Home' Napier Mail : January 30th 2013 Contents 5
NAPIER MAIL, JANUARY 30, 2013
Reaction: Pragmatism and disgust
FROM Page 4
might have been made at the
Auckland council's head office, the
extra administration costs of run-
ning the council-controlled organ-
isations needed to run Auckland
had eaten that up, she said.
There might be a few benefits''
to amalgamation but she believed
the marginalisation people would
suffer outweighed them.
been a pro-
tion. He said
the Better Hawke's Bay proposal
was a pragmatic way of looking
He said the completely angsty''
concern being expressed by some
The process is quite simple,
despite how complicated some
people seem to want to make it
and it is amazingly democratic. It
will be a majority decision by all.
In the end, Hawke's Bay has to
grow up and recognise that what's
important to the entire region is
more important than the individ-
included Central Hawke's Bay in
this proposal and not one of those
people have approached us ever
He said the people involved in
ABHB should stand for council to
drive their desired changes
They're nearly all ex-
councillors or ex-wannabe-
councillors. And the ex-councillors
did not leave their positions of
their own volition.
These people are trying to tell
us what to do and they haven't
even spoken to us.''
He said the topic had come up
at meetings of the region's mayors
but not in any depth and not
Mr Butler publicly opposed
amalgamation when he stood for
mayor in the 2010 election. He
remained opposed and would be
standing for office again this year.
and he does
not care who
roa mayor, that's my job.''
The retiring mayor said A Bet-
ter Hawke's Bay's proposal is like
the parson's egg; good in parts''.
His main concern was that if
the proposal got the nod, Wairoa
would be under-represented with
the potential for that represen-
tation to be cut even further.
With six for Napier and six for
Hastings, Wairoa and Central
Hawke's Bay [with two council-
lors] would be pretty legless,
there'd be little ability to push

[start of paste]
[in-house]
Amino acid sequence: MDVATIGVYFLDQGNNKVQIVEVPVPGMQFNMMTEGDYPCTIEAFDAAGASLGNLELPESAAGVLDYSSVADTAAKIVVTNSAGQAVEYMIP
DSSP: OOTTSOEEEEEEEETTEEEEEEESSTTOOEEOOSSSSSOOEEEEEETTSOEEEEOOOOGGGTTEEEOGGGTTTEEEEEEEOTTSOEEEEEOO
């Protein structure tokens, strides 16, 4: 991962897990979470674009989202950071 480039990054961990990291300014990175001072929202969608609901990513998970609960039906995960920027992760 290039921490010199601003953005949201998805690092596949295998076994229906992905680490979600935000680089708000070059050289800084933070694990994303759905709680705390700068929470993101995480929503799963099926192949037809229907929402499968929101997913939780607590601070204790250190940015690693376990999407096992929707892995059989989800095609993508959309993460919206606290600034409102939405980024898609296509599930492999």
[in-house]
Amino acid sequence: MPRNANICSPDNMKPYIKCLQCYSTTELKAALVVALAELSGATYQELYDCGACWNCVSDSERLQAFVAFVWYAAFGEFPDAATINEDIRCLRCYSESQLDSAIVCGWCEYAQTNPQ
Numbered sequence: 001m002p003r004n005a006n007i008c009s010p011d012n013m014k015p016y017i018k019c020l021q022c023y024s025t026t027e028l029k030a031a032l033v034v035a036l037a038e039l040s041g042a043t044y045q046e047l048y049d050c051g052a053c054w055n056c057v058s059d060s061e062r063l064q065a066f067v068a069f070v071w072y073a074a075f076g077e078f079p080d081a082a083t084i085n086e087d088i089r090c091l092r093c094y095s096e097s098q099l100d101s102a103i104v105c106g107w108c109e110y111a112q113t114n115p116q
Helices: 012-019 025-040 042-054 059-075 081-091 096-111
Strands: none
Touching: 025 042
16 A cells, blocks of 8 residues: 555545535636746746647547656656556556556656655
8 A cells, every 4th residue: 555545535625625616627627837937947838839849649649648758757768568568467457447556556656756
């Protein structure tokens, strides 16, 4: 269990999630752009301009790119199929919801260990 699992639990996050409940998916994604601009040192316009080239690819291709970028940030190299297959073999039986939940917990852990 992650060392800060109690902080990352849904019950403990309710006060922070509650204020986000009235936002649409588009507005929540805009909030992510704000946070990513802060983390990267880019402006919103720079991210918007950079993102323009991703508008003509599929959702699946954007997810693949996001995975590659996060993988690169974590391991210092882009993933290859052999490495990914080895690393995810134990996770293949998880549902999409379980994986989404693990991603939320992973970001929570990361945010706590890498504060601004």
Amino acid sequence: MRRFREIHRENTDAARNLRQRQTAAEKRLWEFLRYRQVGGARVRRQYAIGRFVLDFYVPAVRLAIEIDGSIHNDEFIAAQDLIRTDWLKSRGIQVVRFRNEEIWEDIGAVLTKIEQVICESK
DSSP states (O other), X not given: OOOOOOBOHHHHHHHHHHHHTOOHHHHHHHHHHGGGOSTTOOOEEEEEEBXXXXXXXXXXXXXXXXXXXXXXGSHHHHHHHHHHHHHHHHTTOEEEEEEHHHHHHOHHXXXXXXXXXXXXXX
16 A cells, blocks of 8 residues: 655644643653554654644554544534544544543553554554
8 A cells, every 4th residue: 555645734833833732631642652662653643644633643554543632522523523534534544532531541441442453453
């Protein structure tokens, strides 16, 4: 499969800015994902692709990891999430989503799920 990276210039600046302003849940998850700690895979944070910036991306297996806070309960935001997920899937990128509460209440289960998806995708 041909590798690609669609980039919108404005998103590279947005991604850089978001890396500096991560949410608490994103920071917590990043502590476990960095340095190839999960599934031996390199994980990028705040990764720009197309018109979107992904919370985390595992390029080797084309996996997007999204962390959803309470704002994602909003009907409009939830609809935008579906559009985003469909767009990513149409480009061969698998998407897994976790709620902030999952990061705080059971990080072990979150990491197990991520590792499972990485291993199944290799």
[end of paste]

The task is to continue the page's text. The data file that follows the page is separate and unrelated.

things through that we really
He said Wairoa's experience on
the regional council provided clues
to what could happen. Since the
mid-80s it had had just two rep-
resentatives at the table and Mr
Probert said he had recently had
to beg the Government not to
reduce that to one.
But really, that second one is
only hanging there by the skin of
their teeth. And that could hap-
pen with this proposal.''
Mr Probert could not see that
amalgamation would save Wairoa
ratepayers money. The district
had no debt and rates were mid-
dle of the road''.
He believed the potential 16
councillors and one mayor would
be paid considerably more than
what his councillors were paid,
and the proposed community
board members would have to be
paid. That would add up to more
than politicians cost his residents
at the moment.
I can't see Hastings and Napier
ratepayers wanting to subsidise
At 78 years of age and after 26
years in politics, Mr Probert is not
standing in this year's local body
presently done by the regional
council and the district's urban-
based councils is not a natural
fit'', said Mr Wilson.
He said the regional council
work was predominantly long-
term and strategic'' whereas many
of the urban council's problems
could be fixed almost instantly.
I can fix a pot hole here, a
noisy stereo there instantly . . .
Issues like water quality, coastal
erosion, hillsides subsiding can't
be fixed overnight.''
He said his council had not dis-
cussed whether it would offer an
alternative proposal and had no
firm policy on amalgamation.
Will the election go ahead this year?
While the law allows that a local
government election can be
postponed to allow for
reorganisation, it is unlikely that
an application lodged now would
make the time frame, says the
Local Government Commission.
Senior policy analyst Gavin
Beattie said there were many
steps in the proposal and it was
most unlikely'' they could be got
through before the electoral roll
process got under way in July.
Mr Beattie said that a Hawke's
Bay application would be its
second council amalgamation
request. It was working through
one from the Far North.
Hastings mayor Lawrence Yule
and Napier mayor Barbara Arnott
both preferred the election to be
put off, rather than hold an
election then run a poll on
amalgamation. Mr Yule agreed
there would be problems, as the
commission would take some time
over deciding a preferred option
and when it did there would need
to be a conversation'' among the
region's leaders over whether they
should apply to have the election
But I think Hawke's Bay is
grown up enough to have that
Mrs Arnott did not want three
years of uncertainty for the
If there is going to be change
then we should put the election off
for a year.''
Regional council chairman
Fenton Wilson believed the
election would go ahead, saying
the application would be too late
to make the cut this year''.
Councillors (including mayors and the regional council
chairman) at the moment:
Councillors Population (2006 census)
Central Hawke's Bay
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